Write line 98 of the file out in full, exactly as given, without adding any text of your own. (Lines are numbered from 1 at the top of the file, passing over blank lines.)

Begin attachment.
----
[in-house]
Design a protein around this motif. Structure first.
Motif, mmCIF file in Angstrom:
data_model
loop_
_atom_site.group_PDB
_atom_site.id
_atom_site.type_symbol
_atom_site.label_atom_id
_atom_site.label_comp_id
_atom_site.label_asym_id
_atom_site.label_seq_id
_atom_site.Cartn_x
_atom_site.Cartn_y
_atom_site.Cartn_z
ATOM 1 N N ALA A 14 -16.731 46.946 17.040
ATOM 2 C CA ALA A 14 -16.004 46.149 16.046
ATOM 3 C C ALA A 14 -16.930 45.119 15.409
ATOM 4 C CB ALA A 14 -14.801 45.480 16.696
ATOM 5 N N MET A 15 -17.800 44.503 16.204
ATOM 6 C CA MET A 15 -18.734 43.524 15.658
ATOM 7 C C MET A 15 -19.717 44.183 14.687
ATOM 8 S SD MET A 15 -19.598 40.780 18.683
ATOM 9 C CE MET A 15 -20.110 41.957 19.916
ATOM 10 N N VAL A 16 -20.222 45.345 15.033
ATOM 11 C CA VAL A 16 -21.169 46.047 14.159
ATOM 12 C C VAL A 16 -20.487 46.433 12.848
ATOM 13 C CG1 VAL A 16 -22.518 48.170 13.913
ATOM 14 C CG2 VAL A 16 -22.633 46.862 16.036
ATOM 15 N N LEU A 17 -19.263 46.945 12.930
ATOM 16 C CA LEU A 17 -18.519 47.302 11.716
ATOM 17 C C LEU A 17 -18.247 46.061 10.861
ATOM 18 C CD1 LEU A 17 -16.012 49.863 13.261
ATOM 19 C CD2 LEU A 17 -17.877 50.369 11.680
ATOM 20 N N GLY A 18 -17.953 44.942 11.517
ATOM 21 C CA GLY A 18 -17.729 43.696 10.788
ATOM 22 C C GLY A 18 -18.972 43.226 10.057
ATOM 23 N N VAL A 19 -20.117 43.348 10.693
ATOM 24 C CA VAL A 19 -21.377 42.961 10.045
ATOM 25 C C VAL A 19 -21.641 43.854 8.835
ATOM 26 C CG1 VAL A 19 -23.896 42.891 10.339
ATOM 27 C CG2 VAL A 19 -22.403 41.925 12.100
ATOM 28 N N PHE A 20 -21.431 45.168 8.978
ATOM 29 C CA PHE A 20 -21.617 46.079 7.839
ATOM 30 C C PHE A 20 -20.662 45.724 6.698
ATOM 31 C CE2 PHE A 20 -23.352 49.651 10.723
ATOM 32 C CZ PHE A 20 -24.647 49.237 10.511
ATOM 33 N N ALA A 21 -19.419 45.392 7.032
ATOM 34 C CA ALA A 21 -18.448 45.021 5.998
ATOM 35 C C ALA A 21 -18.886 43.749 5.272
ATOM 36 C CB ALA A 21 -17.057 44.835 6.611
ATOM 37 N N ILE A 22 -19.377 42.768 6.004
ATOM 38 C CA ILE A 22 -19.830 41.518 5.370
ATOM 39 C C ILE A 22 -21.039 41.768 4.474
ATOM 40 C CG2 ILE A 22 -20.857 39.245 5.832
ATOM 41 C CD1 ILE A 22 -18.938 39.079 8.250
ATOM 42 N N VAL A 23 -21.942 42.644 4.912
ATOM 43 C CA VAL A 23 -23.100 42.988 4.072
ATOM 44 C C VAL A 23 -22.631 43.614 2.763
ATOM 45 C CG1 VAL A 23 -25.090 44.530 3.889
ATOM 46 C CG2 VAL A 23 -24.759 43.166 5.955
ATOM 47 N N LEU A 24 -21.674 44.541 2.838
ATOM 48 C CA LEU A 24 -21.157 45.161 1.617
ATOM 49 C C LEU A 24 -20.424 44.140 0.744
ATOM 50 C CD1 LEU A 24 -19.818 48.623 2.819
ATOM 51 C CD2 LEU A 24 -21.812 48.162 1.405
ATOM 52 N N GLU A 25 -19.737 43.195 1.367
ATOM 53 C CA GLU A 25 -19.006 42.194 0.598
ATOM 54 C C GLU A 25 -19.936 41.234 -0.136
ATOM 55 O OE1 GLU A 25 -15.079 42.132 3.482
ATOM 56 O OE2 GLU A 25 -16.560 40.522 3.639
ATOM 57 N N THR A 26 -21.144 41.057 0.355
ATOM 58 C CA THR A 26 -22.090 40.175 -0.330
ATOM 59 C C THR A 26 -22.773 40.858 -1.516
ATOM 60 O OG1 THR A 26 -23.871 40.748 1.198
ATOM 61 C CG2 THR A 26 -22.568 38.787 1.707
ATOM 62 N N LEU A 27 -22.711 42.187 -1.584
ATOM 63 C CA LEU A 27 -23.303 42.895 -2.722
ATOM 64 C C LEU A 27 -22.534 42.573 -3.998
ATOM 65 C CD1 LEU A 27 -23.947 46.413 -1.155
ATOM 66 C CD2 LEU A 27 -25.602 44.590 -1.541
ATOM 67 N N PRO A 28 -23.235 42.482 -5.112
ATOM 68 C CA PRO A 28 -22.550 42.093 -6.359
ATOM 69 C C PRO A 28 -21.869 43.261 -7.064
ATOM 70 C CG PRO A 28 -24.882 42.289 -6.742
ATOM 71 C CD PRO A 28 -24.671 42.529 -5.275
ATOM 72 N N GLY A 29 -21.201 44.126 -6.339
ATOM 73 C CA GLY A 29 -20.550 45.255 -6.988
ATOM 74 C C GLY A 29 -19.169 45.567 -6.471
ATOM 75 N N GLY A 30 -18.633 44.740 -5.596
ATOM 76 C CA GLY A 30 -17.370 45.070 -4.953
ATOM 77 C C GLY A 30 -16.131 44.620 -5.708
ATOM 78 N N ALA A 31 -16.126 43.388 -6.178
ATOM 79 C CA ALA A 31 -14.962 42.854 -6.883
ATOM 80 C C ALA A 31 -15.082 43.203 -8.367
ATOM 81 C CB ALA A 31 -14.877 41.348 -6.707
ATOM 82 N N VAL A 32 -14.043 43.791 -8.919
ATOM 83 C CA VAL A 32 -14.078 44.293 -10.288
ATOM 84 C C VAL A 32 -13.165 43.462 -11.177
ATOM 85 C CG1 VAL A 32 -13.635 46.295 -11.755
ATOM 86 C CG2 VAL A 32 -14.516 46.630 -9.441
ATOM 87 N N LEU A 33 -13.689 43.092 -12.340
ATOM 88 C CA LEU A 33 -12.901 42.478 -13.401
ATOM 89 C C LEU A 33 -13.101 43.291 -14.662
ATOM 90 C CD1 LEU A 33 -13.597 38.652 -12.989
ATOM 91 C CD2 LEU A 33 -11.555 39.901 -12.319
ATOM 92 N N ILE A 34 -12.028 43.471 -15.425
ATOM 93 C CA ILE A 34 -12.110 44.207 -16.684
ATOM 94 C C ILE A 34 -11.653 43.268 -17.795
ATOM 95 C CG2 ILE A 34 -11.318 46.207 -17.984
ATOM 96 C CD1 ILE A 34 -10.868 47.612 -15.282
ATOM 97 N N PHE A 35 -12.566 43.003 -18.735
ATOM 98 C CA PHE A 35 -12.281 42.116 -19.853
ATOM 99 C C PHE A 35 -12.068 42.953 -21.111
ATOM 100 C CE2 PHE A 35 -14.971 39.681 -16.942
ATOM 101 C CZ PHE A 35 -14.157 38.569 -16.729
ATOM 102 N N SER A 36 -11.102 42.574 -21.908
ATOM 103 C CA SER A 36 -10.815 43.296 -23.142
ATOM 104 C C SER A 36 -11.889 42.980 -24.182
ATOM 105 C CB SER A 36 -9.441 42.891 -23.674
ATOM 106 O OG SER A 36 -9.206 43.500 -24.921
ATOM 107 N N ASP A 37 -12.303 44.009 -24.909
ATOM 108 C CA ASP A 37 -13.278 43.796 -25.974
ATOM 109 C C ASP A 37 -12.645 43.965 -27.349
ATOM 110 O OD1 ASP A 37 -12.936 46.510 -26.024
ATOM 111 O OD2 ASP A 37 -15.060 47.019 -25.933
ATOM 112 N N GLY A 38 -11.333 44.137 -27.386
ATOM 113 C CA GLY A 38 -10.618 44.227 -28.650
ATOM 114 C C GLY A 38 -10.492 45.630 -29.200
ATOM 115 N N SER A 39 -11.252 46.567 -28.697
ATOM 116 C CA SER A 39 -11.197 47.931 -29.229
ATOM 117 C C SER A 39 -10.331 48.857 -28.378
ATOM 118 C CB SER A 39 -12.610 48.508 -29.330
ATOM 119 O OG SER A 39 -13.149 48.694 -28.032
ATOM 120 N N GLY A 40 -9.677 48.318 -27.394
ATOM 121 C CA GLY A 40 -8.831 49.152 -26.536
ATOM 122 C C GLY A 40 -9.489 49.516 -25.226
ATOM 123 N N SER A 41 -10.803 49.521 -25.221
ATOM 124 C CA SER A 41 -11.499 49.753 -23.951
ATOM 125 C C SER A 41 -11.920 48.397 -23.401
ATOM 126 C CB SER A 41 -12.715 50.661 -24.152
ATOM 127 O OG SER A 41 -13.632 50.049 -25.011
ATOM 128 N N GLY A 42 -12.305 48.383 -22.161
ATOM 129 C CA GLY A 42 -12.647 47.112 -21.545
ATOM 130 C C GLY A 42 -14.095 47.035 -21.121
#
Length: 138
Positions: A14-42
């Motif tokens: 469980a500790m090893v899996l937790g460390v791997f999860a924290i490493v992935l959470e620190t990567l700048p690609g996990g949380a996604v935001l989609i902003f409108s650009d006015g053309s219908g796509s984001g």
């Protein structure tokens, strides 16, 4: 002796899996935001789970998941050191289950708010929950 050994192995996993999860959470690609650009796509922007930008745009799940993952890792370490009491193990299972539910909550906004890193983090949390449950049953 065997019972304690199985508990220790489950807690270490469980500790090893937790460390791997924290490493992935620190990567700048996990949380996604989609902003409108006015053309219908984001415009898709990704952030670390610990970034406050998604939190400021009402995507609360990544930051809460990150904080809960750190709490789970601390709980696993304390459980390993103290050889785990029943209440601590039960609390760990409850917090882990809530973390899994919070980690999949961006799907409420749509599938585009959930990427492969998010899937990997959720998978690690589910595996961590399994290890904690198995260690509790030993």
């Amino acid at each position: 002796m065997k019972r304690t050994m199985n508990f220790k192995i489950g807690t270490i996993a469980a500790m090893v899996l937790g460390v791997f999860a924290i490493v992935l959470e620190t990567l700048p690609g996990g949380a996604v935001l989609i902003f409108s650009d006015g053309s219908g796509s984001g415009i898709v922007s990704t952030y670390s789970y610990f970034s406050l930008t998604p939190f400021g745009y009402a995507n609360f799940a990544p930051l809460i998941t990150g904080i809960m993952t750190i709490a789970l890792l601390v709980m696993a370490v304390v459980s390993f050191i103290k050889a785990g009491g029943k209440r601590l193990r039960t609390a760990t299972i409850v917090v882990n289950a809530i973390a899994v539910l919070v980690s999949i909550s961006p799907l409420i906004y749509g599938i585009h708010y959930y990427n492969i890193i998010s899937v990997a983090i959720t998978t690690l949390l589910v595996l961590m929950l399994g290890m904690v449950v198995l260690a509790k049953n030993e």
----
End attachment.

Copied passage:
ATOM 83 C CA VAL A 32 -14.078 44.293 -10.288